Mitch McConnell Predicts Democrats' $1.7T Build Back Better Bill 'Will Never Become Law'

Senate Minority Leader Mitch McConnell slammed House Democrats for pushing through President Joe Biden's Build Back Better act—predicting this week that the $1.7 trillion legislation "will never become law."

On Friday, the House passed the massive "human infrastructure" social spending package, and the bill will now go to the Senate where its expected to face substantial changes. If the bill is eventually approved by all 50 members of the legislative chamber's Democratic Caucus, it would go back to the House for final approval.

Ahead of the initial House passage of the act, McConnell told Fox News Radio's The Guy Benson Show on Thursday that he doesn't believe it will succeed in the Senate.

"[House Speaker Nancy Pelosi is] literally walking them [Democrats] off a cliff to support a bill that will never become law," McConnell said. The Kentucky Republican pointed to the opposition from centrist Democratic Senators Kyrsten Sinema of Arizona and Joe Manchin of West Virginia to key provisions included in the House version of the Build Back Better act.

Mitch McConnell
Senate Minority Leader Mitch McConnell (R-Kentucky) has predicted the Build Back Better Act passed by the House this week will never become law. Pictured, McConnell talks with reporters following a meeting with Senate Majority Leader Chuck Schumer (D-New York) on Capitol Hill in Washington, D.C. on November 18. JIM WATSON/AFP via Getty Images

McConnell also doubled down on defending his decision to support Biden's bipartisan infrastructure bill, which got the support of 19 Republican senators and 13 House Republicans. Former President Donald Trump and many GOP lawmakers have been highly critical of McConnell and other Republicans who supported the bill.

"What it did was separate something that's popular, 75 percent of Americans want to see the infrastructure addressed, from something that's unpopular, which is what they were left with after that," McConnell said. Democrats were initially aiming to pass the bipartisan bill and the larger reconciliation package in tandem, but were eventually prevented from doing so due to moderates' concerns.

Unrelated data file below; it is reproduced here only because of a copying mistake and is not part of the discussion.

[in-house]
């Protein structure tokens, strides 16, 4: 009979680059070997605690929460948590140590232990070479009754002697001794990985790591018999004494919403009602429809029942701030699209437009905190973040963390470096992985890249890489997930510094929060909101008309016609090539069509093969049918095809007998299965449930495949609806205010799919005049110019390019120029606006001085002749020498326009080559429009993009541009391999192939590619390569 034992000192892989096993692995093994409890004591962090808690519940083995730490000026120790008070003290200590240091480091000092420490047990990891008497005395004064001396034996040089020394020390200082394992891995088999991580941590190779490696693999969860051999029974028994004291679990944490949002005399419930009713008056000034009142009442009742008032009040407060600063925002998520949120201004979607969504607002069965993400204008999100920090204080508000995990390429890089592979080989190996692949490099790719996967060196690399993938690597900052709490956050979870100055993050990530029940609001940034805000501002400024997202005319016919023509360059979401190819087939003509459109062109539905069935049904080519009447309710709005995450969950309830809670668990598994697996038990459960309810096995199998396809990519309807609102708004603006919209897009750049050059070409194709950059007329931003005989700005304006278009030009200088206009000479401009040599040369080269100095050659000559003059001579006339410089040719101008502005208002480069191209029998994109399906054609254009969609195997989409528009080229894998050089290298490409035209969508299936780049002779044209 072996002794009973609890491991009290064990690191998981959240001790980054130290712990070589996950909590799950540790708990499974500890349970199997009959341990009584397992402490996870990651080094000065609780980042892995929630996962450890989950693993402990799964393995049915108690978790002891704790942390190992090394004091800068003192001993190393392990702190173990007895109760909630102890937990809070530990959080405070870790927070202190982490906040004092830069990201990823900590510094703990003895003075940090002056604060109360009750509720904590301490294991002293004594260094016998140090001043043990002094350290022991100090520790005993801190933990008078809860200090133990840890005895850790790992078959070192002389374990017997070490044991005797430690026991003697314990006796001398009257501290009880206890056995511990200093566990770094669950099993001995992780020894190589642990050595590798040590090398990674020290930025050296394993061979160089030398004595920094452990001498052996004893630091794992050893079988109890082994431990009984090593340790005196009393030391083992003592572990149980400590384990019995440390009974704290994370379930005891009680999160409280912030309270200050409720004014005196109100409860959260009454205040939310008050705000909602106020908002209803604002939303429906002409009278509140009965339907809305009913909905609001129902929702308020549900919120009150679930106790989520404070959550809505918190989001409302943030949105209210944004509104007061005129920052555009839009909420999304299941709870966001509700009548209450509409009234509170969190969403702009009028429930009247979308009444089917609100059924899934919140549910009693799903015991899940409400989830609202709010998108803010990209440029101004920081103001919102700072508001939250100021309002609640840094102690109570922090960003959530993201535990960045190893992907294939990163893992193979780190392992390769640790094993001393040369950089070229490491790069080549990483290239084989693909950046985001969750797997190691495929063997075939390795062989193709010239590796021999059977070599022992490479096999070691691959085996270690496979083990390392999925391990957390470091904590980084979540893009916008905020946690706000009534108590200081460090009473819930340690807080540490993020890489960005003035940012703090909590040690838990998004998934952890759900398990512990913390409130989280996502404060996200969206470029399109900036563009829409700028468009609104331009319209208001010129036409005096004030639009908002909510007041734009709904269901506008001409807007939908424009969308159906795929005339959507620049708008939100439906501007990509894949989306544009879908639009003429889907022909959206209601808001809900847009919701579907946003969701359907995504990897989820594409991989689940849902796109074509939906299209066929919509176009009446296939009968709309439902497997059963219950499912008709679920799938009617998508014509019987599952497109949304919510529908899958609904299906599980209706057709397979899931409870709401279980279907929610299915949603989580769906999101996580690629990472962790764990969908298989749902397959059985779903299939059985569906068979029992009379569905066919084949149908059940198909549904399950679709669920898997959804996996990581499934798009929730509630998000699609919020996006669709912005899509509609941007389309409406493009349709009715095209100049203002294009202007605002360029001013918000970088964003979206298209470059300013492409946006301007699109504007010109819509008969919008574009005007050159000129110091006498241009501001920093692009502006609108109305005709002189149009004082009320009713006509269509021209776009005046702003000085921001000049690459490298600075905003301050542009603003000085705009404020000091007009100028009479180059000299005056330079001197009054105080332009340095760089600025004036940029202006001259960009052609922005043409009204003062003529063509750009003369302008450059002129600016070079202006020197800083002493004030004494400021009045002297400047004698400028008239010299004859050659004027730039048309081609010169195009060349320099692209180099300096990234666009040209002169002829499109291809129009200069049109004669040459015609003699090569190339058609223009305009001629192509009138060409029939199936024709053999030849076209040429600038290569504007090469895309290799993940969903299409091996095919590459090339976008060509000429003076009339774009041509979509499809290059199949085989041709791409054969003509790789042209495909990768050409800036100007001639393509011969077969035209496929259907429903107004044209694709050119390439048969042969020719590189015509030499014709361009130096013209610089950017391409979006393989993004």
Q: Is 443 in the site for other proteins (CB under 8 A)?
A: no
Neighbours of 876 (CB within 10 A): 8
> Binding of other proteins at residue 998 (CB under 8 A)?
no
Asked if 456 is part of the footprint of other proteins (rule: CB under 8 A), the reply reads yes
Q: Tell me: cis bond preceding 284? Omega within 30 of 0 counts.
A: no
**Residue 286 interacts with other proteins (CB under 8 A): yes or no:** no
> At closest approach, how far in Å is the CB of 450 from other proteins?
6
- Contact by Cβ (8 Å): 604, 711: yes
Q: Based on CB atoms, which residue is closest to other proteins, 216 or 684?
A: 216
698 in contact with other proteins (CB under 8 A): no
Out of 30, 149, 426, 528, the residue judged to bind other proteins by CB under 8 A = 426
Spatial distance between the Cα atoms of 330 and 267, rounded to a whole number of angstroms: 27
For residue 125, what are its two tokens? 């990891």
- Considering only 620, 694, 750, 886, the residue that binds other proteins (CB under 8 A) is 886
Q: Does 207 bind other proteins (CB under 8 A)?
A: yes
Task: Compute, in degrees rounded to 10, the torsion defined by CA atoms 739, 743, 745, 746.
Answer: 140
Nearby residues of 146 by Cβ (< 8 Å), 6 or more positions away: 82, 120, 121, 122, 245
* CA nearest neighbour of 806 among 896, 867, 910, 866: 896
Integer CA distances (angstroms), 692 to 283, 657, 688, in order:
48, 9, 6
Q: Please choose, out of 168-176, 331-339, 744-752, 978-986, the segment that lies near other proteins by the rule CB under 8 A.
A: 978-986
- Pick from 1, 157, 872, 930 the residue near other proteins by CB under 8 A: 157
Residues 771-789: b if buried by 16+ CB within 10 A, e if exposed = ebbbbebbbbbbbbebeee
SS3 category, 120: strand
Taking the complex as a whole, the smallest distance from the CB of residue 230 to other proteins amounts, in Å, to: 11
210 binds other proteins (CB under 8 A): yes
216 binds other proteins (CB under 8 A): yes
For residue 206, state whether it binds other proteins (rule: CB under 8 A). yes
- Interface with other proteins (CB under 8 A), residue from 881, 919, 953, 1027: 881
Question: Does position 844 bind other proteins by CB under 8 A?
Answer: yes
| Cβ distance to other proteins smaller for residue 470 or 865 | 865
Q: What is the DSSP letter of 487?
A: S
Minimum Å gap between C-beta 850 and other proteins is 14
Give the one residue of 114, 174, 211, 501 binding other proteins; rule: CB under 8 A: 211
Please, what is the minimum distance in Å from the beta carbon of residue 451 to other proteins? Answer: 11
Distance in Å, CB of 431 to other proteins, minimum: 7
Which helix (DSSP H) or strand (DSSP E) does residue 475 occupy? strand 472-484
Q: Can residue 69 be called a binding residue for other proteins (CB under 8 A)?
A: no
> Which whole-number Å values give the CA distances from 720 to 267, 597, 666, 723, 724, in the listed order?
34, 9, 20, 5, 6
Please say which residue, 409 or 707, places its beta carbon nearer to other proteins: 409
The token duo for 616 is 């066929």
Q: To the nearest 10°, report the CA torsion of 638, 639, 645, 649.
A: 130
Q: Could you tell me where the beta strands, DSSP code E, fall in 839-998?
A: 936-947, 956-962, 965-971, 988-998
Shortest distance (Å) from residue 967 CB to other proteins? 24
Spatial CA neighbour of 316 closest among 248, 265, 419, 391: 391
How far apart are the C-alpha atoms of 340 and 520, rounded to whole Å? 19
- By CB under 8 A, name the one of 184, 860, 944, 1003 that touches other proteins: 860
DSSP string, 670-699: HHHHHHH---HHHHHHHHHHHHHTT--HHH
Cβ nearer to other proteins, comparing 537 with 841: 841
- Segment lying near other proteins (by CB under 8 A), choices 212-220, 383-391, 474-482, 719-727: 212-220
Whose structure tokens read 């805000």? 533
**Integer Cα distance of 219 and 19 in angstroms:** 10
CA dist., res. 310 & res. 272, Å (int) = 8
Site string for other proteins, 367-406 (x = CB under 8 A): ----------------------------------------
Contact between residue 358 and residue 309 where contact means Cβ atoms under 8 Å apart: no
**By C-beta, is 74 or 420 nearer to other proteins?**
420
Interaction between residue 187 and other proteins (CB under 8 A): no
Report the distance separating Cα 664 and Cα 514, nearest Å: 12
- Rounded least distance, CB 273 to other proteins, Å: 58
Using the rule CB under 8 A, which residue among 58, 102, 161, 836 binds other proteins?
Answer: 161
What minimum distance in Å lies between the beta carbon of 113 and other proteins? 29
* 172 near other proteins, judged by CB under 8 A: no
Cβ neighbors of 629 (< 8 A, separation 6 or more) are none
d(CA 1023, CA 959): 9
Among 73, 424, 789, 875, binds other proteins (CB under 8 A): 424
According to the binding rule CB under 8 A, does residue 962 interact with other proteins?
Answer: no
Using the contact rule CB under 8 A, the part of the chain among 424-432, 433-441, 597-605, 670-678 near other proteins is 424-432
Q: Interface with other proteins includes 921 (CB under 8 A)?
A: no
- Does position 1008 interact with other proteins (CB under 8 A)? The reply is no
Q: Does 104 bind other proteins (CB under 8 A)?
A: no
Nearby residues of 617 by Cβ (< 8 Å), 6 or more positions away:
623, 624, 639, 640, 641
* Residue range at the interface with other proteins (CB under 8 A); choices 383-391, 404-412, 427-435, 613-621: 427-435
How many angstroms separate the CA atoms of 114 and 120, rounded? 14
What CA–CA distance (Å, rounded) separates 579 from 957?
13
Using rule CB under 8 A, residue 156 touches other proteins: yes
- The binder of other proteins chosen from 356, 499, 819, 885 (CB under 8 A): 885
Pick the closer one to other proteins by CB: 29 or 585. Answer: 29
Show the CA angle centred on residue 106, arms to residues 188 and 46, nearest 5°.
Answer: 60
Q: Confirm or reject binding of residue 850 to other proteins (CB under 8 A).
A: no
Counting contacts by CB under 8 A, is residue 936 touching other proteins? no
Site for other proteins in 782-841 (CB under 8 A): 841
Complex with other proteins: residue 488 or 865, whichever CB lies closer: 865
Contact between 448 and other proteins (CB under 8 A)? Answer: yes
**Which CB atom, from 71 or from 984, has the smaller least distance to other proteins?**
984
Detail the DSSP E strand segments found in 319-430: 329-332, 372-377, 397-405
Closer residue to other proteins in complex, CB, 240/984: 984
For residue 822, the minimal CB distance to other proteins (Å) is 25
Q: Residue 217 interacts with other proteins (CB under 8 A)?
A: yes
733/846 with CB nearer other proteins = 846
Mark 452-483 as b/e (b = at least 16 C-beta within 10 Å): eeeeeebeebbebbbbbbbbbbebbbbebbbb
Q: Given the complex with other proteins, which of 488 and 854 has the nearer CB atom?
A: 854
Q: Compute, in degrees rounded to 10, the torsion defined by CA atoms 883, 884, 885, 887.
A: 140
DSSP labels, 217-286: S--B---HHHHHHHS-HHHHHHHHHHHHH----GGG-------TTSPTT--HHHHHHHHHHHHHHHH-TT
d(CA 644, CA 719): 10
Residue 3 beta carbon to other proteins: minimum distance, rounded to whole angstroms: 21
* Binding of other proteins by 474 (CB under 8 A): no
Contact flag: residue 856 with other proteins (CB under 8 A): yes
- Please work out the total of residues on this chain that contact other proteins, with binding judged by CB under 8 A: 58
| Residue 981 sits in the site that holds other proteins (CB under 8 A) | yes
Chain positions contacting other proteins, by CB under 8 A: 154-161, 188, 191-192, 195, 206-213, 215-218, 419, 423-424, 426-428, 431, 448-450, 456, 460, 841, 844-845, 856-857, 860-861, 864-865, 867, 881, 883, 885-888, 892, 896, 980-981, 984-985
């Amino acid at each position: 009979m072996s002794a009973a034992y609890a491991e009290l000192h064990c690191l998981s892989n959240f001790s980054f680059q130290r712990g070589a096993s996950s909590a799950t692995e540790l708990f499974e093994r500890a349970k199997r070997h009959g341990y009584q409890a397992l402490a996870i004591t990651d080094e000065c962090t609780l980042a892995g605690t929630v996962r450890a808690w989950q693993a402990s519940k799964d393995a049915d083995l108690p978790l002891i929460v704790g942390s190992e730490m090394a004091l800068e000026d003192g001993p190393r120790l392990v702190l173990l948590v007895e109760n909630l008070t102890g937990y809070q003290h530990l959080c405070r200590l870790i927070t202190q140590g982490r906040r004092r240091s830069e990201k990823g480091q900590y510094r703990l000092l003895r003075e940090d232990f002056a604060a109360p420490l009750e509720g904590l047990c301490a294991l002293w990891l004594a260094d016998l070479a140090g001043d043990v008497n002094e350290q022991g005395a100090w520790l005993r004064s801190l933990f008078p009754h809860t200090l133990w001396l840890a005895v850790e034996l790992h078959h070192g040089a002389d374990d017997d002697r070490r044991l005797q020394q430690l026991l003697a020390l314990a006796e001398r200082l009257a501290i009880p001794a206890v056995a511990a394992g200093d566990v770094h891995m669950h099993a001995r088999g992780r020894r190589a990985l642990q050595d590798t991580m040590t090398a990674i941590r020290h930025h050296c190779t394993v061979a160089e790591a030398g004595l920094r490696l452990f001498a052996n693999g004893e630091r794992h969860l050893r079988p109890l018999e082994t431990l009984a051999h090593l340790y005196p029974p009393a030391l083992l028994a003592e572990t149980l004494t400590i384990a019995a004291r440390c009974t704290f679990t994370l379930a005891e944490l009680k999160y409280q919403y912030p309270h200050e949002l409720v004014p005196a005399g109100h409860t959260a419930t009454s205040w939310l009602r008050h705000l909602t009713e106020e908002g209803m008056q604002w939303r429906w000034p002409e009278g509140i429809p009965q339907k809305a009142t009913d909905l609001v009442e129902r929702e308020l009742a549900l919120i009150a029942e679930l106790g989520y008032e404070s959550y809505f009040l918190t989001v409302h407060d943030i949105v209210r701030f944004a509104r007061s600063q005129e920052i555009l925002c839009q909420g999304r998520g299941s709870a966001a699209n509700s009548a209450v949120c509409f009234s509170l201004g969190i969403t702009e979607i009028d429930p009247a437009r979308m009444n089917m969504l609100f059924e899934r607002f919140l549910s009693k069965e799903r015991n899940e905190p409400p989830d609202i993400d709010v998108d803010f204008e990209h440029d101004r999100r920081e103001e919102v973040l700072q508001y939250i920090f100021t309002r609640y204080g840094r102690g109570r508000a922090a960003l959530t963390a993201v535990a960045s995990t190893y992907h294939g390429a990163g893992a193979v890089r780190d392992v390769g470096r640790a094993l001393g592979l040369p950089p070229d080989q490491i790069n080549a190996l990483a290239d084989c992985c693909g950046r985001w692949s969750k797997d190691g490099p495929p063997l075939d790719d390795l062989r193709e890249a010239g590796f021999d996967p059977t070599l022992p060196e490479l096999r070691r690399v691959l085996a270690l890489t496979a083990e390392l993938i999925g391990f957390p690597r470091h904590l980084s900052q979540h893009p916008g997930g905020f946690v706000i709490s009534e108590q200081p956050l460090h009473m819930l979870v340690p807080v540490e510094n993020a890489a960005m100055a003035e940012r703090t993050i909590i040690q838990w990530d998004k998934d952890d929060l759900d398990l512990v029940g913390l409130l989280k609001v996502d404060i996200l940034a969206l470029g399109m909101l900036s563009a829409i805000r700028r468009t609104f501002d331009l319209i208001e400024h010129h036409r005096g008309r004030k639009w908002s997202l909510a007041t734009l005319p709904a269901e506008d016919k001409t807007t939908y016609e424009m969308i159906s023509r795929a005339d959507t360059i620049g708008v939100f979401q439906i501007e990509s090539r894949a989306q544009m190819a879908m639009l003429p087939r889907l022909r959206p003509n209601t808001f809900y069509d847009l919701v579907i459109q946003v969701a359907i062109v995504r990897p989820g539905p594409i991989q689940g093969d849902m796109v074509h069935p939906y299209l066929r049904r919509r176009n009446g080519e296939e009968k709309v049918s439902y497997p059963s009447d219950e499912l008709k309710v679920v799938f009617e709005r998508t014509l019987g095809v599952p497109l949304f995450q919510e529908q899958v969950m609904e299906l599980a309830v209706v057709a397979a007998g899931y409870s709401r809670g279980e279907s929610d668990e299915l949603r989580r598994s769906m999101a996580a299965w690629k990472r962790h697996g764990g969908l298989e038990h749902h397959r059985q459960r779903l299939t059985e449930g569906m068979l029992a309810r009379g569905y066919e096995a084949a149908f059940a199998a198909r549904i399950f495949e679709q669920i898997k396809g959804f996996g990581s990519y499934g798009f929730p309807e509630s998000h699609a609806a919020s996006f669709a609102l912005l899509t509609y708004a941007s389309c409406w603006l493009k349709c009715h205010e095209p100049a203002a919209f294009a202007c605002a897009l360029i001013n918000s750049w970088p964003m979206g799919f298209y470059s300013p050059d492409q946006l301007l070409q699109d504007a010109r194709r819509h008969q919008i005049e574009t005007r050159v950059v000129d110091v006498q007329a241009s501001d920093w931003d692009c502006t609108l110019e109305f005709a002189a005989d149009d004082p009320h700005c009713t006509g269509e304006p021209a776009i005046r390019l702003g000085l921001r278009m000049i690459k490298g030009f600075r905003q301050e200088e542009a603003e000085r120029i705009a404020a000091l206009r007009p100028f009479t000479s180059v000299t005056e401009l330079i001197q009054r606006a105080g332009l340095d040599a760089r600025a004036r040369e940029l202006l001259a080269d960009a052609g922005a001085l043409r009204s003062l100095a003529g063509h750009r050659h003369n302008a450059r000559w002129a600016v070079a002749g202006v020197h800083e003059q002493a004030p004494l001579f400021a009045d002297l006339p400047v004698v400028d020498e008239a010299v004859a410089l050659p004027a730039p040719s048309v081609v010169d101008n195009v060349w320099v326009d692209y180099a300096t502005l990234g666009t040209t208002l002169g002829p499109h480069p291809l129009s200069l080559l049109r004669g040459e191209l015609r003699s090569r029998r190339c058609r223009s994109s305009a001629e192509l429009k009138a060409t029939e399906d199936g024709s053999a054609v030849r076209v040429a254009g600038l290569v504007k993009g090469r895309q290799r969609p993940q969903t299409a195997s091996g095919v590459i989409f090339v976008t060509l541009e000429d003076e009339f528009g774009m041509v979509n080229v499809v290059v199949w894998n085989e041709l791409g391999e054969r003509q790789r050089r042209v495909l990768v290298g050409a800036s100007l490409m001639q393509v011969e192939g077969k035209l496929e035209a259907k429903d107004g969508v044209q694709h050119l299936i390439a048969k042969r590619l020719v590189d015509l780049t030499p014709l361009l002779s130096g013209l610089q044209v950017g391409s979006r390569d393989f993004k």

Sinema and Manchin have already succeed in making Biden's plan substantially smaller. The initial proposal was for some $3.5 trillion in social spending, but that amount was eventually cut in half before it was approved in the House. At the same time, the moderate Democrats have not signed off on the House version and are expected to require significant changes before they will agree to vote in favor.

Manchin told CNN on Thursday that he has not yet decided whether he will support the Build Back Better bill. Asked if House passage of the bill would "influence" his decision, the West Virginia Democrat replied: "No, not at all." Sinema has also not given her stamp of approval for the bill, while some Senate progressives—including Senator Bernie Sanders of Vermont—have qualms with some provisions added by House moderates.

The House passed the legislation on Friday with a party-line vote of 220 to 213. One Democrat, Representative Jared Golden of Maine, voted with all Republicans in opposing the bill. Now the bill will go to the Senate, where negotiations could stretch out for many more weeks—or even months.

As Democrats aim to pass the bill without any GOP support, all 50 members of the Senate Democratic caucus must approve of the bill. Democrats are using the budget reconciliation process in order to push through the legislation, which allows it to pass without the 60 votes required to overcome a legislative filibuster. Whether Biden and Democratic leaders will be able to satisfy all of Manchin's and Sinema's demands without alienating progressives remains to be seen.

Newsweek reached out to Sinema's and Manchin's press representatives for further comment but did not immediately receive a response.